Governance, National and Global Institutions
Credits: 4 ECTS
This course explores the design and transformation of major global governance organizations in the field of international development, paying particular attention to new actors, and power relations. International governance, political regimes and actors have fundamentally changed with the rise of emerging powers like Brazil, China, and India or the growing importance of cities as international players in their own right. Other actors such as civil society organisations, global social movements, cites, and multinational corporate conglomerates have also become more influential. The course will discuss the consequences of these transformations for the mediation of developed and developing country interests within existing international organizations like the UN, World Bank and World Trade Organization. We will also pay close attention to basic human and social rights, recognizing that new forms of global and national governance and collective action will be necessary for progressive institutional change to happen.
The course is taught in two groups – A and B. The order of classes is DIFFERENT because the three teachers rotate between the two. Please be sure to check the weekly readings are the correct ones for your group.
The course comprises of 12 two-hour sessions. It is structured in four parts.
- The first part (Week 1) provides an overview of the class and an elaboration of the core concepts used in the class, as well as allocating students into groups for their course-long research projects.
- The second part (Weeks 2-3) provides the theoretical foundations of the course, elaborating on the causes and consequences of transnational governance institutions and the evolution of stakeholders and constituents within these institutions, firstly from an economics perspective, and then from an IR perspective.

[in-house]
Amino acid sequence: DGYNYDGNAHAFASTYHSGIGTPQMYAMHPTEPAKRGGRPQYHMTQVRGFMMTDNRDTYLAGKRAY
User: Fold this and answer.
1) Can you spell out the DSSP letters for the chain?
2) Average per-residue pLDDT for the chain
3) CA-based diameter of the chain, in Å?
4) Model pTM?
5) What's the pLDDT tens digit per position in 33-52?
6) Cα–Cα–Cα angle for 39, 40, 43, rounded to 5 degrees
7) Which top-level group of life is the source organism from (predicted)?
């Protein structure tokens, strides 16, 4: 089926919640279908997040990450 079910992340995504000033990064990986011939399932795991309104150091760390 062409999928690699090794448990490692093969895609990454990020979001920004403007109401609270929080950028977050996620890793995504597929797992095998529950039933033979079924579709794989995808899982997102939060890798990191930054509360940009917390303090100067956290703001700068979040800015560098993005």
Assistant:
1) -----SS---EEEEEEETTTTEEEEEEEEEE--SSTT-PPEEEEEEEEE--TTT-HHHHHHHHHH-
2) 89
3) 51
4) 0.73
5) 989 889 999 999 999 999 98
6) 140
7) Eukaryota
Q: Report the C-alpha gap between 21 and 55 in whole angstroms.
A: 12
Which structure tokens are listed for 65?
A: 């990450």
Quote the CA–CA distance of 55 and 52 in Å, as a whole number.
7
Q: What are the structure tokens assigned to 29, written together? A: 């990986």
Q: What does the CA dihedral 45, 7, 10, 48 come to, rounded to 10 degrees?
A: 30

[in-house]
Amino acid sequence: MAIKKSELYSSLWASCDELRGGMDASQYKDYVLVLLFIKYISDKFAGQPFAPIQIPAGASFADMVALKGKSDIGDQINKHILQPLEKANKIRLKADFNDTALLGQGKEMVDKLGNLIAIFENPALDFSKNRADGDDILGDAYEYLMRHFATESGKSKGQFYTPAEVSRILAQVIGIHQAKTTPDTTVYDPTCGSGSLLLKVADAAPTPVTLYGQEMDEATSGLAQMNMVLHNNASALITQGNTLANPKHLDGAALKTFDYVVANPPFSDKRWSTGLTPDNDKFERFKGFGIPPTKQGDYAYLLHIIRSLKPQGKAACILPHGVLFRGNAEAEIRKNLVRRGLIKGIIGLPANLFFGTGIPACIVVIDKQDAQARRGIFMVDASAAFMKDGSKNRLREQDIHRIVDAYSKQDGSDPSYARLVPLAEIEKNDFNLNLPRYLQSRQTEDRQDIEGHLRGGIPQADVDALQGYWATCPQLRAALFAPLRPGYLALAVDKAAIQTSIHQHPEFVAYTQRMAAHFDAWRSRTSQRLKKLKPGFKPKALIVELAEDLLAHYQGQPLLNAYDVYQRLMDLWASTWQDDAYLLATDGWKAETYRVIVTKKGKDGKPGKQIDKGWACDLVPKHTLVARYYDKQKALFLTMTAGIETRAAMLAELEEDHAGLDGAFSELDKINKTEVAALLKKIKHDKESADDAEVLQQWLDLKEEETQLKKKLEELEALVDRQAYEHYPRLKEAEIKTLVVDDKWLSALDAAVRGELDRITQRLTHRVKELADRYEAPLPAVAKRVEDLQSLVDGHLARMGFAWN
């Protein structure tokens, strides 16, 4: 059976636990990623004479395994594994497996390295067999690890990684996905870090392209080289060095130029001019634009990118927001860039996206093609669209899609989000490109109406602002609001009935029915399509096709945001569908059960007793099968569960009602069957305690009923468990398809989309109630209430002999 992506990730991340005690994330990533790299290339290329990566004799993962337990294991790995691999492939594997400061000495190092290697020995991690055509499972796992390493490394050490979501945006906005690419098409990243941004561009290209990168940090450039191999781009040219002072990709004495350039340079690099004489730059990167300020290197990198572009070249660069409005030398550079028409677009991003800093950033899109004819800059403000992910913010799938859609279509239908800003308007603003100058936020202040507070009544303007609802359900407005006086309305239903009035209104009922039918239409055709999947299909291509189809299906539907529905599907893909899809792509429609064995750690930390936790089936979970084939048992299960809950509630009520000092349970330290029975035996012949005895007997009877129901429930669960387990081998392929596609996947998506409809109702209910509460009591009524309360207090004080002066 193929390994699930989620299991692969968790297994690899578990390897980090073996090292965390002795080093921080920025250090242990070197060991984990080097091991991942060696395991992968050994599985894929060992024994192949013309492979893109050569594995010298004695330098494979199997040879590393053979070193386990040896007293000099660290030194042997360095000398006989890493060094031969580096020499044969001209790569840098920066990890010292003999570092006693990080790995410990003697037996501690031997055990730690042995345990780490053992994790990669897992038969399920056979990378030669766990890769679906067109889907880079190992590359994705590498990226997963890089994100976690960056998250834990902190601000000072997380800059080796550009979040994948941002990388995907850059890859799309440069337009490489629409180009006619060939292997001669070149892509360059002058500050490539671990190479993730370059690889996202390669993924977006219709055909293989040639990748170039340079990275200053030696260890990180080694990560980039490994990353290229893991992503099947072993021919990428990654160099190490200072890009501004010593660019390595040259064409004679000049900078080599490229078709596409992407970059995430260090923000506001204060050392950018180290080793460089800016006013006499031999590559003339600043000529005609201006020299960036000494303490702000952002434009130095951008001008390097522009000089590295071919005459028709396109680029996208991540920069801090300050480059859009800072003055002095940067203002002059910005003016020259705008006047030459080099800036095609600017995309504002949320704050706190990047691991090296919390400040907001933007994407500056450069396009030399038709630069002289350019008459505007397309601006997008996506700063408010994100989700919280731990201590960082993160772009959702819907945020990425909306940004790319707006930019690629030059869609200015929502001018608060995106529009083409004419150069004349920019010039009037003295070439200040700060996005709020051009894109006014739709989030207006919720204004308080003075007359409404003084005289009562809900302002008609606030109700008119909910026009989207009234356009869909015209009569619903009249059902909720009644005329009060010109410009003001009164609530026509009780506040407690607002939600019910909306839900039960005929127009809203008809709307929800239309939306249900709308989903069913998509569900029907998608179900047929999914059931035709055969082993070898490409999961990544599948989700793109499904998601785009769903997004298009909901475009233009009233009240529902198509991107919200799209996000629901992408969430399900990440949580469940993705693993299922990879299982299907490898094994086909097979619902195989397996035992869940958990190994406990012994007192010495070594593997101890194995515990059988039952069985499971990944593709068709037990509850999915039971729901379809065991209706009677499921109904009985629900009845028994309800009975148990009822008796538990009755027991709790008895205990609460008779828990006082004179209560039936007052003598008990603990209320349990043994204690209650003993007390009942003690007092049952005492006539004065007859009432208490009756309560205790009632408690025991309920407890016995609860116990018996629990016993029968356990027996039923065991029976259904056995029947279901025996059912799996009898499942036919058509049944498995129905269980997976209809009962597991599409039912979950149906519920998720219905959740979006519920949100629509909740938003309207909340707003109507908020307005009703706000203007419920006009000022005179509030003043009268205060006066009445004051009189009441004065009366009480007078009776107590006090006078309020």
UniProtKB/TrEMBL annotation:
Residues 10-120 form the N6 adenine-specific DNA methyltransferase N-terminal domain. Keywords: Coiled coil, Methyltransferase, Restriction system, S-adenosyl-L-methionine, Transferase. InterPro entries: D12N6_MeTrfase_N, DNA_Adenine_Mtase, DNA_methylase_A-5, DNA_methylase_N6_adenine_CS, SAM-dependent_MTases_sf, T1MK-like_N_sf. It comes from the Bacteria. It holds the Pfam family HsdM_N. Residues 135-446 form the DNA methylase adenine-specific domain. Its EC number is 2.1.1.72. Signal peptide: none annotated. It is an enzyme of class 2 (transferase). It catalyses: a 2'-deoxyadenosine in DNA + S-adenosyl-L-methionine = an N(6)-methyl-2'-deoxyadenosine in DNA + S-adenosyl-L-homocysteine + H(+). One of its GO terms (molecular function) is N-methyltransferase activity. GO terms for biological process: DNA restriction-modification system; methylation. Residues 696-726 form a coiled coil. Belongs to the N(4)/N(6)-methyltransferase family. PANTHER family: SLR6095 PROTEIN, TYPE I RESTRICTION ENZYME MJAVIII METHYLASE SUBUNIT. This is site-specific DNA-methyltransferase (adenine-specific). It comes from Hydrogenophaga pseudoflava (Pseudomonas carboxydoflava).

- The third part of the course (Weeks 4-11) covers a range of issue areas pertinent to the study of international development, providing empirical and practical illustrations of the theoretical models discussed in Part 2.
- Finally, the fourth part (Week 12) is dedicated exclusively to student presentations of the group research undertaken during the course.
The classes in weeks 2-11 will be structured as a one hour lecture followed by a one-hour seminar in which students will be given a range of tasks to perform in order to consolidate their understanding of the course content, including discussions, role-play simulations and exercises. Students must read the required reading prior to class (these will be available on the Aula Global of the course).
The course will be evaluated as follows:
- A final ‘take home’ examination: 50%
- Group presentations in Week 12: 20%
- One essay of 2000 words: (30%)
The penalty for late submission of coursework is 0.25/10.00 per 24 hours. If you foresee a reason for late submission please contact the course teachers as soon as possible prior to the due date.